That led to a third quarterback change for the Army game when Spanos decided to go with Phommachanh. The dual-threat freshman definitely gave the offense a brand new element with his running ability and it also might have been a move looking ahead to the future.
However, Phommachanh got hurt early in the game against Vanderbilt and is now out indefinitely. Krajewski once again took over and actually had a decent day at the office, throwing for 264 yards and two touchdowns but also two interceptions. He also added a 34-yard touchdown scamper.
So, it appears Krajewski will start under center for this one under center, but expect the unexpected with this UConn team in 2021.
Thrown Into the Fire
After using four different quarterbacks across four games in a shortened 2020 schedule, UMass came into this season with some optimism about who would line up under center with the arrival of University of Colorado grad transfer Tyler Lytle.
However, that feeling only lasted one game as Lytle went down with an injury in the first game against Pittsburgh. That opened the door for true freshman Brady Olson, a three-star pro-style quarterback and Massachusetts native thought to be the QB of the future for the Minutemen.
Olson clearly wasn’t ready for the job quite yet and has struggled mightily at times against a very difficult early-season schedule. He did flash some potential in the second half against Boston College (albeit against mainly backups) and more impressively against Eastern Michigan, finishing 22-38 for 285 yards and two touchdowns to just one interception.
UMass actually scored 28 points in each of those contests, which must have felt like 100 to a team that got out-scored 161-12 last year.
Olson does seem to have a pretty good connection with Charlotte transfer Rico Arnold, who is by far the most talented receiver on the roster.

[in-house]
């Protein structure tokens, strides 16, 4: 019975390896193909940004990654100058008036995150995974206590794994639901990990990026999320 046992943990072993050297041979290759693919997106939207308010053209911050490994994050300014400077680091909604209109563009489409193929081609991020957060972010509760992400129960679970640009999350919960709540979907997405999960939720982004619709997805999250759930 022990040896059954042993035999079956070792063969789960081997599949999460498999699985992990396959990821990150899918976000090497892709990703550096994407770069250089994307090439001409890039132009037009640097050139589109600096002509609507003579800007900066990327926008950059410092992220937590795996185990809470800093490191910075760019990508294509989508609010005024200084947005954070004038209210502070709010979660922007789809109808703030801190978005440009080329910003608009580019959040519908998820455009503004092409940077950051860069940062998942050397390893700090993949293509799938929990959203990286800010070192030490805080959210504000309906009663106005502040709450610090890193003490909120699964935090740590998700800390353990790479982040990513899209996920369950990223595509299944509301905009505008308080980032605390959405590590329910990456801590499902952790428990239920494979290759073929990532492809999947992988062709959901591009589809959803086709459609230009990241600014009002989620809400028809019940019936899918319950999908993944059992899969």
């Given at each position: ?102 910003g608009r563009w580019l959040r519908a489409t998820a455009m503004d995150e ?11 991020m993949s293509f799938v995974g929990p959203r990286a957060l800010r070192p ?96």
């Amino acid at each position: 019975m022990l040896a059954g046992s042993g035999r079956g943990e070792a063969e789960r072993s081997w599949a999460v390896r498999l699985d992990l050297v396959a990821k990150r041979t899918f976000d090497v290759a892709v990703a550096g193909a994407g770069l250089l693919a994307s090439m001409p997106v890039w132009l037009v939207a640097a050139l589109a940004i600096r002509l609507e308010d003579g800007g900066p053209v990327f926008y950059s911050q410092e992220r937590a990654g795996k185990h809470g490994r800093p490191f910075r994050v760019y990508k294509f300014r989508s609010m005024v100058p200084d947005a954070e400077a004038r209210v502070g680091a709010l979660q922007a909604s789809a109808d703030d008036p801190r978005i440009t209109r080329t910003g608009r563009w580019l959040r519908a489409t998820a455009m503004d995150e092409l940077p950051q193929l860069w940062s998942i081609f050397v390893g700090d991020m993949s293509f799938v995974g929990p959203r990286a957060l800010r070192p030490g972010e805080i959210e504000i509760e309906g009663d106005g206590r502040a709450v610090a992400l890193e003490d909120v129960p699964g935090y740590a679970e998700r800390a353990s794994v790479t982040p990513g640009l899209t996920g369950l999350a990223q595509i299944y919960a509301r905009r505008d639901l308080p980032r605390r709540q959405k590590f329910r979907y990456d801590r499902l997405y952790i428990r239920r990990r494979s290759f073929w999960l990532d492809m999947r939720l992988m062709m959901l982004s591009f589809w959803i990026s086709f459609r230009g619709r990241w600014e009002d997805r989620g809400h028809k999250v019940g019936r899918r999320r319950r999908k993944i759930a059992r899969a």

Bruises and Bandages
After a grueling gauntlet of opponents to start the season, UMass has been bitten by the injury bug pretty hard so far this season.
Lytle was the most impactful player to go down, but the Minutemen did just lose starting running back Kay’Ron Adams for the season — although the Rutgers transfer has not been as effective as Ellis Merriweather, who will now take on the bulk of the work in the backfield. The depth behind him consists of walk-ons, which has to scare head coach Walt Bell a bit.
Additionally, starting tackle Max Longman will be a game-time decision. And defensively, a pair of starting corners, Donte Lindsay (who plays more slot and in the box) and Josh Wallace, could miss their second straight game.
On the bright side, this is the best depth UMass has had in a few years. Bell actually had 110 kids in camp this summer after only having around 80 two seasons ago. Plus, the drop-off between a player on this particular roster and their replacement will never make a material difference.
UConn vs. UMass Matchup Analysis
Toggle the dropdowns below to hide or show how UConn and UMass match up statistically:
UConn Offense vs. UMass Defense
UMass Offense vs. UConn Defense
Pace of Play / Other
All you need to know is both of these teams are bad.
From a pace perspective, it’s worth noting that UMass prefers to play slower, while UConn wants to go faster when on offense.
UConn vs. UMass Betting Pick
It’s true that UConn has looked like the much better football team over the past three weeks after three straight covers, but they’ve also had the much easier schedule this season.
The Huskies played FBS Holy Cross (who lost to Merrimack College at home the following week) and Vanderbilt, while UMass has played five FBS schools — including a pair of above-average P5 schools (Boston College, Pittsburgh) and two other conference favorites (Toledo, Coastal Carolina).
By my metrics, UMass has had one of the 20 hardest schedules in the country, while UConn has had a below-average one.
It’s not an easy game to handicap with all of the quarterback movement on each team. The strength of each team lies on the defensive line, so you’re basically relying on which bad passing offenses can make more play against the other bad passing defense. Krajewski or Olson? Not the most appetizing choice.
I do think Olson will feel a lot more comfortable in his fifth start as a true freshman after facing some much tougher defenses — similar to the performance we saw against EMU’s porous defense. I also trust the UMass weapons a tad more than the freshman-filled UConn wide receiver group.
Either way, the margins are slim, but I think this game should be priced closer to a PK, so I’ll gladly take the 3.5 with the home Minutemen and hope the inevitable blocked punt that decides this mess is one that UMass and not UConn blocks.
Happy Toilet Bowling!